• Baron Von Claptrap

    “Colleges are ignorant of or simply ignoring decades of research on social cognition, psychological motives, and intergroup relations.”

    This sentence really hits home with me.For a while I’ve entertained the idea that the progressive left are annoyed at us for actually accepting multi culturalism.It’s like they wanted it to fail so it they could point the finger.Why promote something,and complain of “cultural appropriation” when we all take part.It makes no sense.

    Good article.

  • Rob Jenkins

    This piece articulates many of the thoughts that have been rattling around in my brain but which I have been unable to articulate. Thank you. Well done.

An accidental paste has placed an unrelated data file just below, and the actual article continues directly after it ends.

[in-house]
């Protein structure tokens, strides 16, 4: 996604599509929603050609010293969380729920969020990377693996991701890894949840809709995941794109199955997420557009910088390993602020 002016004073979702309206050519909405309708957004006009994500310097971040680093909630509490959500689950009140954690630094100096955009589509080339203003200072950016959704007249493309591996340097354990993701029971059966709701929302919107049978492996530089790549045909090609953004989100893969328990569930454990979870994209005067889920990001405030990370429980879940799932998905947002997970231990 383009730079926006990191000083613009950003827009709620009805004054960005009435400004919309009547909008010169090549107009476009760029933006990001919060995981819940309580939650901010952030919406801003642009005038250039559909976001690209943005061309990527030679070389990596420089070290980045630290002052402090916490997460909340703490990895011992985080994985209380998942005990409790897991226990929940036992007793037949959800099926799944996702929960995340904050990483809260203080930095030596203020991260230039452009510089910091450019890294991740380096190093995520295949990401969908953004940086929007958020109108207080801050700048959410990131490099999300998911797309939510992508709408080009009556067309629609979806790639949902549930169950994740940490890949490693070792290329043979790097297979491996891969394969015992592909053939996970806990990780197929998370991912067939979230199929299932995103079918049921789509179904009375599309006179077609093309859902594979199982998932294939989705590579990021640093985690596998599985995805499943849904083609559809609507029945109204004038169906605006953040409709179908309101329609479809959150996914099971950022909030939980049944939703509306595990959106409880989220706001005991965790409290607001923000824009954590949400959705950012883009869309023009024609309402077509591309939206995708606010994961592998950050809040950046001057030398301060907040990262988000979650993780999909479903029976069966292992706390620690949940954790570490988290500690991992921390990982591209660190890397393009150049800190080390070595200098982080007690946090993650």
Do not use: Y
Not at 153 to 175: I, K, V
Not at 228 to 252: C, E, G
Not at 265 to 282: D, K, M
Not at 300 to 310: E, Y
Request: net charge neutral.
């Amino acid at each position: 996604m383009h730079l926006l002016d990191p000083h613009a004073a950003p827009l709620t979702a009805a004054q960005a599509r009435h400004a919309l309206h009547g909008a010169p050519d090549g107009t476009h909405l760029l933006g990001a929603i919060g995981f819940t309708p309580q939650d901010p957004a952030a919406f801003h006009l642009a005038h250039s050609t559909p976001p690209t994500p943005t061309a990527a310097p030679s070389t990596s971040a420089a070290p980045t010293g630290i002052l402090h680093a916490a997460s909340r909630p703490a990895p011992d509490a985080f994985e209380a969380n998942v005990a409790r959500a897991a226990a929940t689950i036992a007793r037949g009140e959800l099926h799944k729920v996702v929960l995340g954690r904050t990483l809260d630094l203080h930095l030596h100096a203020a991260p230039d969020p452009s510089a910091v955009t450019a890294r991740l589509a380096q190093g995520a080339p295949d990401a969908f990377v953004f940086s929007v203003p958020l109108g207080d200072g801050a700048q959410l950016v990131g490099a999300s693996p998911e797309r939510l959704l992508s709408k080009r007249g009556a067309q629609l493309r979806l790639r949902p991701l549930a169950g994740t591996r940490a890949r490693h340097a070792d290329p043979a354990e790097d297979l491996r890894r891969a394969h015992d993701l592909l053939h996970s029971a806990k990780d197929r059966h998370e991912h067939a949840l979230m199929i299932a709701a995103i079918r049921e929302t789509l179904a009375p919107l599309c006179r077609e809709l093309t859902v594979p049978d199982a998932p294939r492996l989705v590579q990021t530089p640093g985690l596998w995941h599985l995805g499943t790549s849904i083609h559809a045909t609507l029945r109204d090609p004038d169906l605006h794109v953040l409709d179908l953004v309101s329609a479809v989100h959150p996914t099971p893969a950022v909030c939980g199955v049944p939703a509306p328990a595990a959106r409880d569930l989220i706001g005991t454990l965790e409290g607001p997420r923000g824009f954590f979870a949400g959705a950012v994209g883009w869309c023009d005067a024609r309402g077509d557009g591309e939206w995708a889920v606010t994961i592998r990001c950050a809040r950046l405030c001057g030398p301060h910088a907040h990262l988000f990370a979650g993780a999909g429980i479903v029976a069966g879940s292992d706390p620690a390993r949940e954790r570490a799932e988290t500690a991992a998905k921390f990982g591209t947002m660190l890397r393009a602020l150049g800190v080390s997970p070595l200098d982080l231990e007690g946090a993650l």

• Joke asda
    • hub 312

      “Diversity of experience is different than diversity of viewpoint…”

      And diversity of viewpoint (a/k/a freedom of expression) is the only thing that is essential to the functioning of an institution of higher learning. Diversity of experience may be correlated with diversity of viewpoint, but if only one viewpoint is deemed to be politically correct and all other viewpoints deemed “hate” (i.e., speech prohibited by leftists), than that counts for little.

      “may have similar viewpoints, especially if from the “Western” country.

      The “Western” viewpoint is the origin of all the competing ideologies in the world today, including liberalism, socialism, feminism, critical race theory, and “post-colonialism.”

      “Many triumphs and tragedies are bound to race….”